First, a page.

Quinn’s legislative clients have chaired committees that oversee the budget, education and legal issues. They also included three straight House GOP caucus leaders, including his son, who entered the Statehouse race at age 23 in 1989.
Rick Quinn serves on the House Judiciary Committee, a panel that is a key conduit for legislation affecting some of his father’s clients, including the S.C. Association for Justice, a trial lawyers group. He also formerly served on the House Education and Public Works Committee at around the same his father’s firm was working for the University of South Carolina to, among other things, help cut regulatory hurdles for colleges and win money needed to build the new $80 million law school.
Rick Quinn has said he and his father keep their business affairs separate. They do, however, operate in the same political sphere, share some of the same clients and operate out of family-owned buildings on the same block of Columbia’s Gervais Street, just down the street from the Statehouse. Both also operated for a time out of side-by-side offices in a Cayce building owned by former state Rep. Kenny Bingham, a fellow Richard Quinn & Associates client and Republican who chaired the House Ethics Committee.
McMaster’s office did not respond to a request for comment about the Quinn’s indictment Tuesday. McMaster revealed Friday that he is not going to work with Richard Quinn & Associates in the 2018 race, instead hiring the campaign manager who led Nikki Haley to two wins as governor.
Quinn’s indictment came just about a year after one of his allies, the attorney general, tried to fire Pascoe from the corruption probe. Richard Quinn & Associates ran Wilson’s campaigns for attorney general in 2010 and 2014, and Wilson has continued to pay Quinn for work on his 2018 re-election bid. In all, Wilson has paid RQA $471,000 since 2009 for campaign-related work.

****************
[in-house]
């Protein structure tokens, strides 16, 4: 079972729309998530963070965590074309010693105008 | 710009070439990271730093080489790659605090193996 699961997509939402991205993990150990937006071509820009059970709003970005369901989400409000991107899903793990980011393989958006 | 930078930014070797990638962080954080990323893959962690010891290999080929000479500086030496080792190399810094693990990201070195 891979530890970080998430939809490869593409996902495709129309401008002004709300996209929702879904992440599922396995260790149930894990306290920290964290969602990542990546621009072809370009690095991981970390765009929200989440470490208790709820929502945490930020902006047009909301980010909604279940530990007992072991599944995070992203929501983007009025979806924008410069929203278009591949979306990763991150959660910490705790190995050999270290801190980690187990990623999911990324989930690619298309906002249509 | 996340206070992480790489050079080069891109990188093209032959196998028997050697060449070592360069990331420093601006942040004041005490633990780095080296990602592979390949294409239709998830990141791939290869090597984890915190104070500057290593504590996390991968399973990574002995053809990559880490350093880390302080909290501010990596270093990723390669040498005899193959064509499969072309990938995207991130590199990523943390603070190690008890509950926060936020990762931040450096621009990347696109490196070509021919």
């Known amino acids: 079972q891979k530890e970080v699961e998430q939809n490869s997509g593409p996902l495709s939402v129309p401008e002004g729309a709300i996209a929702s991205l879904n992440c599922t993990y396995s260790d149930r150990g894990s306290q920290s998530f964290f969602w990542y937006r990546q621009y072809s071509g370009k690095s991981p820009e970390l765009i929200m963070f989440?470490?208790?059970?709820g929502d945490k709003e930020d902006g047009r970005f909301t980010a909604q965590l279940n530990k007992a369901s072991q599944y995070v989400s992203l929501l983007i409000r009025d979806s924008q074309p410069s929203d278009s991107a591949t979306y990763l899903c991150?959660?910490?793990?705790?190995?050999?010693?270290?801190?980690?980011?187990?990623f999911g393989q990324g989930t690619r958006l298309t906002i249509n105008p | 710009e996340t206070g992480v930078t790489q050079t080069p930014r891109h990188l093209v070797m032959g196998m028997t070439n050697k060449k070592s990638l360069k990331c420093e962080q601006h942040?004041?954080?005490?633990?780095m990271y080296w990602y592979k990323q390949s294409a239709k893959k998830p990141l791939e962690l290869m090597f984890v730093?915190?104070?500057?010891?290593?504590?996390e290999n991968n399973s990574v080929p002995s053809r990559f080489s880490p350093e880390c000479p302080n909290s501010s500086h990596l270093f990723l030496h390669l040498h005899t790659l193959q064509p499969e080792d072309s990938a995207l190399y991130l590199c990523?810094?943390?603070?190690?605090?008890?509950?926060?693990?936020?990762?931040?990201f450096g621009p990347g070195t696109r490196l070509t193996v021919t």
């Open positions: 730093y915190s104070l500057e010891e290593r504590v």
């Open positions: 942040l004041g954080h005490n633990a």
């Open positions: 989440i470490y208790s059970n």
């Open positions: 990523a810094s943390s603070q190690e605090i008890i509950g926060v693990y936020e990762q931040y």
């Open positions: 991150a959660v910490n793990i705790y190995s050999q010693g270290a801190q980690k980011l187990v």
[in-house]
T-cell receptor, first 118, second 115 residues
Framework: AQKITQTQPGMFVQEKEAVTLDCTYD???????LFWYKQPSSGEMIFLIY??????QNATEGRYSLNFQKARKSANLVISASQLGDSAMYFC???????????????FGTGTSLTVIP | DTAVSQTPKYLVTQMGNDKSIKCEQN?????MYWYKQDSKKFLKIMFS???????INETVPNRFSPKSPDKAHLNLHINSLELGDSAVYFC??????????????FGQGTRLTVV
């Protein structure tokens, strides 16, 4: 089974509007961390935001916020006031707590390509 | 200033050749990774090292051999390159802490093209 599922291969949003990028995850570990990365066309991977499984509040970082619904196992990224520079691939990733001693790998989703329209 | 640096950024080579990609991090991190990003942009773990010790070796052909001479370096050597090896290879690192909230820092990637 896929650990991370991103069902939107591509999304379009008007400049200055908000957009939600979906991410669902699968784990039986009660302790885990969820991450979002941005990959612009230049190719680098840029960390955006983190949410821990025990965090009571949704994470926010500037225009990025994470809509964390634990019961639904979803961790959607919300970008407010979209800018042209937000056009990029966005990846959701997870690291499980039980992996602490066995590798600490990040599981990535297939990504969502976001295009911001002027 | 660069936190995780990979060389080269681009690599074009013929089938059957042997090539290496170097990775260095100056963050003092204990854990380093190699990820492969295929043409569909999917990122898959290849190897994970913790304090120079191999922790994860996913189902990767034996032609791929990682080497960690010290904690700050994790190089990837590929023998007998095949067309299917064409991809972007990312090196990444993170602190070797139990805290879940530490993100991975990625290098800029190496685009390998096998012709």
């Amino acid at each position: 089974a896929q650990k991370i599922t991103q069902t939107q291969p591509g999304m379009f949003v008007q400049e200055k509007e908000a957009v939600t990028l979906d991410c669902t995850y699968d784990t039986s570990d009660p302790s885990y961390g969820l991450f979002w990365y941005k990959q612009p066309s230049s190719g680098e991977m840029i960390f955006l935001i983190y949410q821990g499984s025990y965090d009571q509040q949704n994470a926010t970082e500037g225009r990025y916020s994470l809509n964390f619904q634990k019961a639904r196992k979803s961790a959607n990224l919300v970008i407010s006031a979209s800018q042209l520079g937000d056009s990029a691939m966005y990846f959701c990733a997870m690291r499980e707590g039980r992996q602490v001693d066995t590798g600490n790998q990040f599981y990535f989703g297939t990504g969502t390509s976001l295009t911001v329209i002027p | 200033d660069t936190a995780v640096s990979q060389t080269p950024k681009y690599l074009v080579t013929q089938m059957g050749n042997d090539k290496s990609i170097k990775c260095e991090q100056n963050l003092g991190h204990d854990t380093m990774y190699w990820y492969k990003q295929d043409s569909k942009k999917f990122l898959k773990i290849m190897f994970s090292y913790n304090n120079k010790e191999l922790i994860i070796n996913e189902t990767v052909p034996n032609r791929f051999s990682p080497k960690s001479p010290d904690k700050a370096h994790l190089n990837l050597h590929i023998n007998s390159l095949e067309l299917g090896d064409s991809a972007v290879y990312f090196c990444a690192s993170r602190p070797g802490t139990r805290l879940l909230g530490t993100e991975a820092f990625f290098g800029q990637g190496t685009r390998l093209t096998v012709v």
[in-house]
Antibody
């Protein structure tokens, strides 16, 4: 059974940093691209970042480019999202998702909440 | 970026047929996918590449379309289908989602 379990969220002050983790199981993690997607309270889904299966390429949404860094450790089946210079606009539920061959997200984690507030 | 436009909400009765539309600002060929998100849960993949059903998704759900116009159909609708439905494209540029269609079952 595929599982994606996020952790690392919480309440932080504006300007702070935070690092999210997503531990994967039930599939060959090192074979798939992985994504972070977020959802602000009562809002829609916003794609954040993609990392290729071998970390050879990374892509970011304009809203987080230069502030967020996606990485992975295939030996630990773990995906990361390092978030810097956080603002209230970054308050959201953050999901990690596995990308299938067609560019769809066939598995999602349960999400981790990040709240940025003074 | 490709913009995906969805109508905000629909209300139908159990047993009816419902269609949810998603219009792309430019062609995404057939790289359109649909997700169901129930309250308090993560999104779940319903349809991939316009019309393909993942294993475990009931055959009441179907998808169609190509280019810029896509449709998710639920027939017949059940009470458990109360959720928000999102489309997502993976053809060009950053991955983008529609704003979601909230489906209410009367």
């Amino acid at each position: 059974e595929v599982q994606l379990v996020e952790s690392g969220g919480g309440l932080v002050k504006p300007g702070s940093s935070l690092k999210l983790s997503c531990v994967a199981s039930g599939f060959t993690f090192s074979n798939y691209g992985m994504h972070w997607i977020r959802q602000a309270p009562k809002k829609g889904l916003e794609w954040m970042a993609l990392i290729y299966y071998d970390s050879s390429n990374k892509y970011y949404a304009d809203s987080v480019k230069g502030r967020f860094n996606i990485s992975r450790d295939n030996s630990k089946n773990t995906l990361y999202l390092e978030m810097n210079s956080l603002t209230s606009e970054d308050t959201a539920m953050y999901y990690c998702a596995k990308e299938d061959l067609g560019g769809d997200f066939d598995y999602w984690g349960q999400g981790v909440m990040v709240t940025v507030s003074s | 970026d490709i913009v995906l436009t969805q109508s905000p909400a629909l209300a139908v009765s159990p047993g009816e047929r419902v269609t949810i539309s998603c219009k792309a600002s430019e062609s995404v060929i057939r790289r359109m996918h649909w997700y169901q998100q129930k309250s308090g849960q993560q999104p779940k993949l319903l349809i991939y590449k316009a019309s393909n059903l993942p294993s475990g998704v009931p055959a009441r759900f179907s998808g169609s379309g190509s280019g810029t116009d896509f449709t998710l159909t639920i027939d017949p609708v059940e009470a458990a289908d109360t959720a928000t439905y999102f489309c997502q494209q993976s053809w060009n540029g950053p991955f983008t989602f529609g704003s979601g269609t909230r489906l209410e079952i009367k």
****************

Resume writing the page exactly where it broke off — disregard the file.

Wilson appointed Pascoe special prosecutor of the corruption probe but later tried to block the Dorchester County Democrat’s efforts to use the State Grand Jury in the investigation, calling the move an overreach on Pascoe’s part. Wilson torched the special prosecutor in a fiery news conference, calling Pascoe a liar, “tainted” and said he wasn’t even his fifth choice for the job. Pascoe, in turn, accused Wilson of interfering with the investigation.
The dispute landed before the state Supreme Court, which dealt Wilson a humbling blow by siding with Pascoe and allowing the special prosecutor to maintain control of the probe.
Post and Courier reporters Maya T. Prabhu, Andy Shain, Andrew Brown and Schuyler Kropf contributed to this report.
This story was published in The Post and Courier.